Cell therapy aims to prevent transplant rejection

A cell therapy that could prevent transplanted organs being rejected, and remove the need for prolonged use of immunosuppressant drugs, has shown promise in early-stage studies in mice.

The approach would involve transplant patients being re-injected with their own immune cells after the cells have been isolated from a blood sample. The cells would be grown in the laboratory under conditions that "teach the cells not to reject the transplant.

The University of Oxford research, funded predominantly by the Wellcome Trust and British Heart Foundation, is published in the journal Science Translational Medicine.
The scientists report that their approach using human immune cells can control or prevent rejection of a transplanted piece of blood vessel in a mouse model.

"We have developed a new approach to generate cells called regulatory T cells that can control rejection of transplanted tissue in mice," says Dr Andrew Bushell of the Nuffield Department of Surgical Sciences at the University of Oxford, who led the work.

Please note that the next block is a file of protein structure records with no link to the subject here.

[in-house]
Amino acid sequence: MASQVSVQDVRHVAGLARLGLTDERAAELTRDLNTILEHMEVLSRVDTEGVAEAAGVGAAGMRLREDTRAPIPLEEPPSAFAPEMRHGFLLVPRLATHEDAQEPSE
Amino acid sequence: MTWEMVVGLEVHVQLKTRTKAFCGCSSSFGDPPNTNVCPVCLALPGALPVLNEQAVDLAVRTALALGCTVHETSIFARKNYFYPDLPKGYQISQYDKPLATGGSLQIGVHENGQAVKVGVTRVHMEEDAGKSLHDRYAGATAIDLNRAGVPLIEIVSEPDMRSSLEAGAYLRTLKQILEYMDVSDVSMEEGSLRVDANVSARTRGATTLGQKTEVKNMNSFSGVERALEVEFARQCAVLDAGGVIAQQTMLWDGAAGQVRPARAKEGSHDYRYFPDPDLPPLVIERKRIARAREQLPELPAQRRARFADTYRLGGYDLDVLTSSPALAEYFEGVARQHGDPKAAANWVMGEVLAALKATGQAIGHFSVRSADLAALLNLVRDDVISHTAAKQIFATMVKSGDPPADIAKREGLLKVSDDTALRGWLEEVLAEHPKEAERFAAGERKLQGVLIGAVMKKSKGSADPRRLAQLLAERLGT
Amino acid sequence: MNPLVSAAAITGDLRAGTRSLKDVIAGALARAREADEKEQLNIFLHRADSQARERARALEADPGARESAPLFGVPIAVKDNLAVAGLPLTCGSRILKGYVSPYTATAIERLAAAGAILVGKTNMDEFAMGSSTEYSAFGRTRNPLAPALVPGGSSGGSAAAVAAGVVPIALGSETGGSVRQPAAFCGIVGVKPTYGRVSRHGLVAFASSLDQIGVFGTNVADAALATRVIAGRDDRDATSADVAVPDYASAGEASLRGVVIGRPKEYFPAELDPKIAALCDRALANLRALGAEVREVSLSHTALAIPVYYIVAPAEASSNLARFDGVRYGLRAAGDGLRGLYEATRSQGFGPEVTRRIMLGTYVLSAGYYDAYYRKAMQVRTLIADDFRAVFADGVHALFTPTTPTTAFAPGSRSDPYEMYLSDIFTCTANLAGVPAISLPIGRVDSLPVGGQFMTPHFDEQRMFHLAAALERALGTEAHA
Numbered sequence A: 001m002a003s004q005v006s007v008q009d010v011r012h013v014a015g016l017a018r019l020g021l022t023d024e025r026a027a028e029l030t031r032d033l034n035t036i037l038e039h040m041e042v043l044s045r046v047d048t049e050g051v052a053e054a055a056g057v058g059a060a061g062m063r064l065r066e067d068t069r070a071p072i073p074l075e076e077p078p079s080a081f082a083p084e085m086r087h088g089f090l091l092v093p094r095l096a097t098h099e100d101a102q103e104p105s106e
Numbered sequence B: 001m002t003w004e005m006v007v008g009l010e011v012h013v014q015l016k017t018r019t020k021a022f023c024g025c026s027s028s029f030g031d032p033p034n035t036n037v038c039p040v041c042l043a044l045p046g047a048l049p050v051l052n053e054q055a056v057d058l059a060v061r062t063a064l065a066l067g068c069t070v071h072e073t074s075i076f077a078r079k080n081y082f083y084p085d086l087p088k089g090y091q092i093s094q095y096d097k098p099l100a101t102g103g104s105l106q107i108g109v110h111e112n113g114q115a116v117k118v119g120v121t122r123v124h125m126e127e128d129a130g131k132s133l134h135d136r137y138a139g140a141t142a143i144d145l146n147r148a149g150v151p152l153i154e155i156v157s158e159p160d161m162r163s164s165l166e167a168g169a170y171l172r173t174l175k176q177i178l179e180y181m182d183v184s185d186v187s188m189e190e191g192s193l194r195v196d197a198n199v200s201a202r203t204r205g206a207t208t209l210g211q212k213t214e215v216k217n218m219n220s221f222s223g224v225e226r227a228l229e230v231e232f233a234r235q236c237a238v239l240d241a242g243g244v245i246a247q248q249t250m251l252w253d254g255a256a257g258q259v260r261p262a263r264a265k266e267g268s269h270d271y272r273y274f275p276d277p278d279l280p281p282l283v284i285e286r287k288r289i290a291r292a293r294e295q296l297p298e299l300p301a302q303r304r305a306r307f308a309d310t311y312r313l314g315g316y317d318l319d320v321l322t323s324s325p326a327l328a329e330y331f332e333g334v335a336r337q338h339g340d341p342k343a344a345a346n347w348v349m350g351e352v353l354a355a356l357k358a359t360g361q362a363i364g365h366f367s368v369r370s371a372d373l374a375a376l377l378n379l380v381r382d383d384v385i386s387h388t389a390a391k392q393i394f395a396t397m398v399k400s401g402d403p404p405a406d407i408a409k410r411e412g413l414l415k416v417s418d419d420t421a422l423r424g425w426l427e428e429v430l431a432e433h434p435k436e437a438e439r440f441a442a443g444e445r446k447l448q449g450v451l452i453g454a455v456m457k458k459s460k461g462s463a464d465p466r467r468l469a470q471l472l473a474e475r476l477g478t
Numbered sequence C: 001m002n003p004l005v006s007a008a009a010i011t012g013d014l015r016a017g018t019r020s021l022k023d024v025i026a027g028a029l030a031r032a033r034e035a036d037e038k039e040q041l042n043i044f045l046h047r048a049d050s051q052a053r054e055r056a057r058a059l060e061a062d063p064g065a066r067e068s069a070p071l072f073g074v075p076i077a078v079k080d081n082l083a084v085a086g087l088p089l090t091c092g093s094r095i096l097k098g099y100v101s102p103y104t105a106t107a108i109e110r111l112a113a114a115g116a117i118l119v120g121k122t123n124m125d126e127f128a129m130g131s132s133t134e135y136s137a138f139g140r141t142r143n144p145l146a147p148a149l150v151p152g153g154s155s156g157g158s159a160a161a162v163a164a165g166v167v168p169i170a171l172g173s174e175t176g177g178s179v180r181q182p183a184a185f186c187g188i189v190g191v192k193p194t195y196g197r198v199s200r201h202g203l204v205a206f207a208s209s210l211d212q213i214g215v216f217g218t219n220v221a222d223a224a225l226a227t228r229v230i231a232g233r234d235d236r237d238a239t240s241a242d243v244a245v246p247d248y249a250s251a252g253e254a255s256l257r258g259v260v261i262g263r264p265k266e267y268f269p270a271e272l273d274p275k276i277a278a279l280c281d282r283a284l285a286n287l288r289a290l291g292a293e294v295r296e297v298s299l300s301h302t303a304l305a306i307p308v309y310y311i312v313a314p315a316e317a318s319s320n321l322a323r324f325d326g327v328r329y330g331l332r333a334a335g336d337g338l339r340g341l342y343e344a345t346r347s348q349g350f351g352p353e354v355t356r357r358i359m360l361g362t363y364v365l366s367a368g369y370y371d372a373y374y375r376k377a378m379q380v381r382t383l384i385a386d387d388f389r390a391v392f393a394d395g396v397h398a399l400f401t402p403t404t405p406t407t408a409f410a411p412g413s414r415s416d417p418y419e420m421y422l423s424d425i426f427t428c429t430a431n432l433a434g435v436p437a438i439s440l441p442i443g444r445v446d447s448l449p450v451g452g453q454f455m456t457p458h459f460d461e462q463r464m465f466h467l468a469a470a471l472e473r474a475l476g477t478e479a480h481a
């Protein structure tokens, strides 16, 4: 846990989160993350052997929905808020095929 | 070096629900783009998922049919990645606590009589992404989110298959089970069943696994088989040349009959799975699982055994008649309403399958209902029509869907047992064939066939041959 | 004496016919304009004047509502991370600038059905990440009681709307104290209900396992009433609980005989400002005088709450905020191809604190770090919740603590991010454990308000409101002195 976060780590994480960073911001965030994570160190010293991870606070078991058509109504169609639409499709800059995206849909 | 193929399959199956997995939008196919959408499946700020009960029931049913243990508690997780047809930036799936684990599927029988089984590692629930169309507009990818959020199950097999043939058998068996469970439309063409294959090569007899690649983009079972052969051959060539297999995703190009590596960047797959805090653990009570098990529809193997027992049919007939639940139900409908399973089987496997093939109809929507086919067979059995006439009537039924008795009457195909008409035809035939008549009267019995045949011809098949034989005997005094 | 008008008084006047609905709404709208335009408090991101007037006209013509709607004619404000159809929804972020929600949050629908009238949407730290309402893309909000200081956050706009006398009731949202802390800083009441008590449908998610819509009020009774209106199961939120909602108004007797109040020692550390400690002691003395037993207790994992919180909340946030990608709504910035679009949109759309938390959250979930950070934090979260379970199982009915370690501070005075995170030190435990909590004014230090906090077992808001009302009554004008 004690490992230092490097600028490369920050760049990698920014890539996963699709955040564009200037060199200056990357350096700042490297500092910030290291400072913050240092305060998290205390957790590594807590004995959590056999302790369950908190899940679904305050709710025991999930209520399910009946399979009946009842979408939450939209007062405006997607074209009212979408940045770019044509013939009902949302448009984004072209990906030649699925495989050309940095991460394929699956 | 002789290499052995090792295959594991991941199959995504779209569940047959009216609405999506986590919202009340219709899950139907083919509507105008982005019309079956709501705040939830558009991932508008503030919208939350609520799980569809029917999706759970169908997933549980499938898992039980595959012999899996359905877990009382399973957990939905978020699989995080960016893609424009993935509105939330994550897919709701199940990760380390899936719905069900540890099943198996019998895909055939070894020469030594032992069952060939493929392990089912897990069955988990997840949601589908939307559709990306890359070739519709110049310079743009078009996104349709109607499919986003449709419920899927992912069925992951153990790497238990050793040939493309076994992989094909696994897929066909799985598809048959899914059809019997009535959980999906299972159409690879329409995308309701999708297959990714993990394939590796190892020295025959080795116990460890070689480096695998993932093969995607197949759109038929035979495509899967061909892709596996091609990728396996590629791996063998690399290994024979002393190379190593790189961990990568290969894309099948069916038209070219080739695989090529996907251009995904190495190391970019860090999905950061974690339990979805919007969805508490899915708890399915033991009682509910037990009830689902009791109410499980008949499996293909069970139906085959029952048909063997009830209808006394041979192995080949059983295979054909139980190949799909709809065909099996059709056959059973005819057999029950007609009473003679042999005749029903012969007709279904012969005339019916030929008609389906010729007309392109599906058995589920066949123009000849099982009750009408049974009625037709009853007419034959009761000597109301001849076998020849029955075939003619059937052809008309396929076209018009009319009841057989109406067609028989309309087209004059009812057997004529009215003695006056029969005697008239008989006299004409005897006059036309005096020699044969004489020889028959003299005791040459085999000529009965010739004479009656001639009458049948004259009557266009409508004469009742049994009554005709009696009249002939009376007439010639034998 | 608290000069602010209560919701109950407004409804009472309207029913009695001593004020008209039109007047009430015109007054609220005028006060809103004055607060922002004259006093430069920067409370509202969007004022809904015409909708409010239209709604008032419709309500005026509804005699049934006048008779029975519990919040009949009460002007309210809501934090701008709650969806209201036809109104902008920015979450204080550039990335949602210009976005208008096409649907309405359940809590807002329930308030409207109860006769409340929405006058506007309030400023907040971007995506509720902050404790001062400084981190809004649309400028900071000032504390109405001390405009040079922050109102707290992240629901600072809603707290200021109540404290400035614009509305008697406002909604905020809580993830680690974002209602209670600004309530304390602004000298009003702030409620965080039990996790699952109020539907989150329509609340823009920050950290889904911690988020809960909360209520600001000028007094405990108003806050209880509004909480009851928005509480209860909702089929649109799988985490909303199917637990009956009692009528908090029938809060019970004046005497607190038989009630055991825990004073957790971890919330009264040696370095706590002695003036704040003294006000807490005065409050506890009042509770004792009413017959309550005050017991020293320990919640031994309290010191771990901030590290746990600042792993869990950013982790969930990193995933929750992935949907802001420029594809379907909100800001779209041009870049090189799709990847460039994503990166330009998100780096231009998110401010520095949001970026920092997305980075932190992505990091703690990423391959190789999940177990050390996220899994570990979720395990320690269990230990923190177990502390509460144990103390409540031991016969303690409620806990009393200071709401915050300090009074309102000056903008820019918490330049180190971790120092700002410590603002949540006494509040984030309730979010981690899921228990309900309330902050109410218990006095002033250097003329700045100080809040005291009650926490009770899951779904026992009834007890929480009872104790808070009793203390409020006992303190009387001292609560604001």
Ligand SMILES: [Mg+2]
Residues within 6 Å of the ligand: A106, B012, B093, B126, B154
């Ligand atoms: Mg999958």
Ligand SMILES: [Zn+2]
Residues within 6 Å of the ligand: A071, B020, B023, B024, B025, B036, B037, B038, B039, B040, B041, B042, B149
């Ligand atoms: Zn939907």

Transplantation is very effective and saves lives, but patients need to take powerful drugs for the rest of their lives to make sure the donated organ is not rejected by the body's immune system. Although these drugs have made successful transplantation possible, it is known that long-term use of immunosuppressants can lead to an increased risk of infection, cancer, damage to blood vessels, and metabolic complications.

"Achieving a state where transplanted organs survive for a long time without immunosuppression is the holy grail in this field," says Dr Bushell. "Many research groups across the world are trying to solve this problem because developing better ways to prevent transplant rejection is a big unmet clinical need. Regulatory T cells may provide part of the answer.